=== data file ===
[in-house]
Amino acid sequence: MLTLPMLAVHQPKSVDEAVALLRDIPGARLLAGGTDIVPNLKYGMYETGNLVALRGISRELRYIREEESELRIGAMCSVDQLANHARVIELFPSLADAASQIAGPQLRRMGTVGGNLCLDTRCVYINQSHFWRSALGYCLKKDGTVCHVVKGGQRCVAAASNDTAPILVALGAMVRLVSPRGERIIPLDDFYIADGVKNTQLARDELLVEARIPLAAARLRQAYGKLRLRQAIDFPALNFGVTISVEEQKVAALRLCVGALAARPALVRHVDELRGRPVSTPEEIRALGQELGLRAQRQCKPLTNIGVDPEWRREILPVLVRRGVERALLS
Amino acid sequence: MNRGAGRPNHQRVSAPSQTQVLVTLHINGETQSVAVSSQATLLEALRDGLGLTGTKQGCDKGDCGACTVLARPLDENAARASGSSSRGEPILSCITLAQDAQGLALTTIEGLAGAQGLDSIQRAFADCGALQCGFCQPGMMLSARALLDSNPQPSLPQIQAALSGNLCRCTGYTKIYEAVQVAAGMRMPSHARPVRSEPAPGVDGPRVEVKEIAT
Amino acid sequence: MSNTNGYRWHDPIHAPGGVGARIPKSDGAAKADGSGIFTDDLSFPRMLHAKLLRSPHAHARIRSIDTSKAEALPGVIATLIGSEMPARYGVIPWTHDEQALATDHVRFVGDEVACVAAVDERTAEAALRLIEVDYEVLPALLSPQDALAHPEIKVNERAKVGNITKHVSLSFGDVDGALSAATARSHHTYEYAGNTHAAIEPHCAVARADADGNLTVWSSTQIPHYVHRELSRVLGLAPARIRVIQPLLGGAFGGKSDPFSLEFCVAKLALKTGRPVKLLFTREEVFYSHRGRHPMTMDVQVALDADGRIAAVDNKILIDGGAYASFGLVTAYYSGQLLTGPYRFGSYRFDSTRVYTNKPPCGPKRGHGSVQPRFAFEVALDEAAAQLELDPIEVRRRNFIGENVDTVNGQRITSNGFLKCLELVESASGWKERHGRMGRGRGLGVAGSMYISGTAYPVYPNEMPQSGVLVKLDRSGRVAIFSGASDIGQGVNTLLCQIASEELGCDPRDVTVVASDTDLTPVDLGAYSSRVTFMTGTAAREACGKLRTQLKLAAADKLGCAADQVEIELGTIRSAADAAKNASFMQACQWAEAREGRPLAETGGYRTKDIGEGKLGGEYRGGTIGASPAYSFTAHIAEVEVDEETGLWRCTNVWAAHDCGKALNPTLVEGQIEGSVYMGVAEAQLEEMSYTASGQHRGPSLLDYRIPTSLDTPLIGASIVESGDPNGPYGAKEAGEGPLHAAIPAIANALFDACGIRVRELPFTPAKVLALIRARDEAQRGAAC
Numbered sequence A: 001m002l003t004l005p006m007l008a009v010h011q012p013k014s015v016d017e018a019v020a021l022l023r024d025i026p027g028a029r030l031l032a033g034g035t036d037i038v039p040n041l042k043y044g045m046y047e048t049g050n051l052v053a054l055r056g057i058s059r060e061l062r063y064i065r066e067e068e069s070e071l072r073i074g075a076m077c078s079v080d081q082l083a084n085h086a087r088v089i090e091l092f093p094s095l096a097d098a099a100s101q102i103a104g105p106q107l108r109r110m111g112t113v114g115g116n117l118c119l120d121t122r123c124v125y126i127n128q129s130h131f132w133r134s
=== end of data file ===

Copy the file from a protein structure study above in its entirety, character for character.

[in-house]
Amino acid sequence: MLTLPMLAVHQPKSVDEAVALLRDIPGARLLAGGTDIVPNLKYGMYETGNLVALRGISRELRYIREEESELRIGAMCSVDQLANHARVIELFPSLADAASQIAGPQLRRMGTVGGNLCLDTRCVYINQSHFWRSALGYCLKKDGTVCHVVKGGQRCVAAASNDTAPILVALGAMVRLVSPRGERIIPLDDFYIADGVKNTQLARDELLVEARIPLAAARLRQAYGKLRLRQAIDFPALNFGVTISVEEQKVAALRLCVGALAARPALVRHVDELRGRPVSTPEEIRALGQELGLRAQRQCKPLTNIGVDPEWRREILPVLVRRGVERALLS
Amino acid sequence: MNRGAGRPNHQRVSAPSQTQVLVTLHINGETQSVAVSSQATLLEALRDGLGLTGTKQGCDKGDCGACTVLARPLDENAARASGSSSRGEPILSCITLAQDAQGLALTTIEGLAGAQGLDSIQRAFADCGALQCGFCQPGMMLSARALLDSNPQPSLPQIQAALSGNLCRCTGYTKIYEAVQVAAGMRMPSHARPVRSEPAPGVDGPRVEVKEIAT
Amino acid sequence: MSNTNGYRWHDPIHAPGGVGARIPKSDGAAKADGSGIFTDDLSFPRMLHAKLLRSPHAHARIRSIDTSKAEALPGVIATLIGSEMPARYGVIPWTHDEQALATDHVRFVGDEVACVAAVDERTAEAALRLIEVDYEVLPALLSPQDALAHPEIKVNERAKVGNITKHVSLSFGDVDGALSAATARSHHTYEYAGNTHAAIEPHCAVARADADGNLTVWSSTQIPHYVHRELSRVLGLAPARIRVIQPLLGGAFGGKSDPFSLEFCVAKLALKTGRPVKLLFTREEVFYSHRGRHPMTMDVQVALDADGRIAAVDNKILIDGGAYASFGLVTAYYSGQLLTGPYRFGSYRFDSTRVYTNKPPCGPKRGHGSVQPRFAFEVALDEAAAQLELDPIEVRRRNFIGENVDTVNGQRITSNGFLKCLELVESASGWKERHGRMGRGRGLGVAGSMYISGTAYPVYPNEMPQSGVLVKLDRSGRVAIFSGASDIGQGVNTLLCQIASEELGCDPRDVTVVASDTDLTPVDLGAYSSRVTFMTGTAAREACGKLRTQLKLAAADKLGCAADQVEIELGTIRSAADAAKNASFMQACQWAEAREGRPLAETGGYRTKDIGEGKLGGEYRGGTIGASPAYSFTAHIAEVEVDEETGLWRCTNVWAAHDCGKALNPTLVEGQIEGSVYMGVAEAQLEEMSYTASGQHRGPSLLDYRIPTSLDTPLIGASIVESGDPNGPYGAKEAGEGPLHAAIPAIANALFDACGIRVRELPFTPAKVLALIRARDEAQRGAAC
Numbered sequence A: 001m002l003t004l005p006m007l008a009v010h011q012p013k014s015v016d017e018a019v020a021l022l023r024d025i026p027g028a029r030l031l032a033g034g035t036d037i038v039p040n041l042k043y044g045m046y047e048t049g050n051l052v053a054l055r056g057i058s059r060e061l062r063y064i065r066e067e068e069s070e071l072r073i074g075a076m077c078s079v080d081q082l083a084n085h086a087r088v089i090e091l092f093p094s095l096a097d098a099a100s101q102i103a104g105p106q107l108r109r110m111g112t113v114g115g116n117l118c119l120d121t122r123c124v125y126i127n128q129s130h131f132w133r134s